Thank you, Libby!

Libby Fischer Hellmann's website is

High Crimes by Libby Fischer Hellmann. The Red Herrings, 2018. ISBN 9781938733956 (paperback), 329p.

Monday, October 29, 2018

Sunday's Trip

There's no actual blog today. Yesterday, a friend and I went to Nashville for an event sponsored by Parnassus Books. Doris Kearns Goodwin spoke about her new book, Leadership: In Turbulent Times, and she was interviewed by Jon Meacham. I don't have a report. It was a 9 a.m. to 9:30 p.m. trip. But, just wanted to let you know where I was, and why there is no piece today. Thanks! Tomorrow's blog is already to go, so I'll "see" you then.

Sunday, October 28, 2018

Pale as Death by Heather Graham

I can always count on Heather Graham's Krewe of Hunters books to allow me to escape. Pale as Death, with its connection to a mysterious historical murder, is a fascinating romantic suspense novel.

When Detective Sophie Manning and her partner Grant Vining respond to a crime scene in Hollywood, they know it will be an unusual one. Their team tends to handle the vicious and strange cases. But, this one, with a woman's body drained of blood, and dismembered, resembles one of the most famous unsolved murders in Hollywood, the Black Dahlia case. Elizabeth Short was brutally murdered and dismembered. Now, someone has killed a young actress who resembles Elizabeth Short, and the killing resembles the earlier death as well.

It's Sophie herself, though, that catches the attention of the McFadden family. She's the spokesperson for the case, and Bryan McFadden and his fiancé, Marnie, worked with Sophie when Marnie was threatened. Now, Bryan is preparing to attend training at Quantico for the Krewe of Hunters, so he can't offer help. Instead, they send Bruce, Bryan's brother and a private investigator who also sees ghosts. They all saw a ghost on the screen as Sophie addressed reporters, and they could tell she saw the ghost as well.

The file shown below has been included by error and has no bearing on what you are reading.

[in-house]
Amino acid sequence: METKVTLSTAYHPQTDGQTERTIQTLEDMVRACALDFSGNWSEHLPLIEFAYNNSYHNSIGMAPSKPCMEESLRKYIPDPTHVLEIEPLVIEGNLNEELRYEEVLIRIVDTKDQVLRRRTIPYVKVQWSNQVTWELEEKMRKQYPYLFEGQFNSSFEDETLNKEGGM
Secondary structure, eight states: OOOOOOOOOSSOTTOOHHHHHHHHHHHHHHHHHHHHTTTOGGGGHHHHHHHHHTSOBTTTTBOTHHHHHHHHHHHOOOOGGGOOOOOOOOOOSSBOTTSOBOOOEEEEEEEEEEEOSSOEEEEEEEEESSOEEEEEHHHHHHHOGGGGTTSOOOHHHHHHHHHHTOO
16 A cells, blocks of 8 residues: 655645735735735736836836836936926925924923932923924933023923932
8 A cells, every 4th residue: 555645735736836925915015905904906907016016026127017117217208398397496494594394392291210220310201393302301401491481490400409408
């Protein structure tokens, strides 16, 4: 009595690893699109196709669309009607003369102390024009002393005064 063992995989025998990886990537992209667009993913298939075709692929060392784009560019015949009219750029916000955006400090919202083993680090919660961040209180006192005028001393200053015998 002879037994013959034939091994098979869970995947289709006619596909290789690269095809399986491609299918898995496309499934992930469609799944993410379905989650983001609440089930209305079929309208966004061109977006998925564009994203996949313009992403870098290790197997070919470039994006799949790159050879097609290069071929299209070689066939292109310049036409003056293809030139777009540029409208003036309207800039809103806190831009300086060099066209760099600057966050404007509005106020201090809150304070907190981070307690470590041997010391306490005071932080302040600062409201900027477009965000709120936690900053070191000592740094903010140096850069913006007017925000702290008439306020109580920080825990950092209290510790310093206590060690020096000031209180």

Sophie doesn't want to admit she's seeing the ghost of a journalist. The only other time she saw a ghost, her family put her into therapy. But, Bruce forces her to admit it when he claims he has a "gift". It will take time for her to trust him, but McFadden is determined to work with and protect the detective he's grown to admire.

It wouldn't be a romantic suspense novel without the romance between Sophie Manning and Bruce McFadden. However, even as a device in a novel, the mystery of the Black Dahlia case is the main attraction. While the current crime is solved by the end of the book, all of the questions and suppositions about the unsolved Black Dahlia case remain. Who killed Elizabeth Short?

Pale as Death, with its ghosts, romance, and connections to the past is another fascinating entry in Graham's Krewe of Hunters series.

Heather Graham's website is

Pale as Death by Heather Graham. MIRA, 2018. ISBN 9780778368731 (hardcover), 316p.

FTC Full Disclosure - Library book

Saturday, October 27, 2018

Six Cats a Slayin' by Miranda James

I tried to hold off. I really did. But, it's so hard to wait until after Halloween to read books set at Christmas when they're showing up in the mail. It was impossible to resist the cover of Miranda James' latest Cat in the Stacks mystery, Six Cats a Slayin'. So, before the book review, kudos to Dan Craig, the artist who did the cover art. Once in a while, I think it's appropriate to recognize the cover artist.

It's almost Christmas in Athena, Mississippi. Librarian Charlie Harris doesn't feel in the Christmas spirit, though, when he encounters his new neighbor, Geraldine Albritton. She's a little too enthusiastic and flirtatious for the staid Charlie. Something seems off about her, and Charlie's co-worker Melba Gilley agrees. Geraldine claims to be from Athena, but Melba doesn't recognize her, and Melba knows the history of everyone in town. Although Charlie does his best to ignore Geraldine, he agrees to attend her Christmas get-together, hoping to learn more.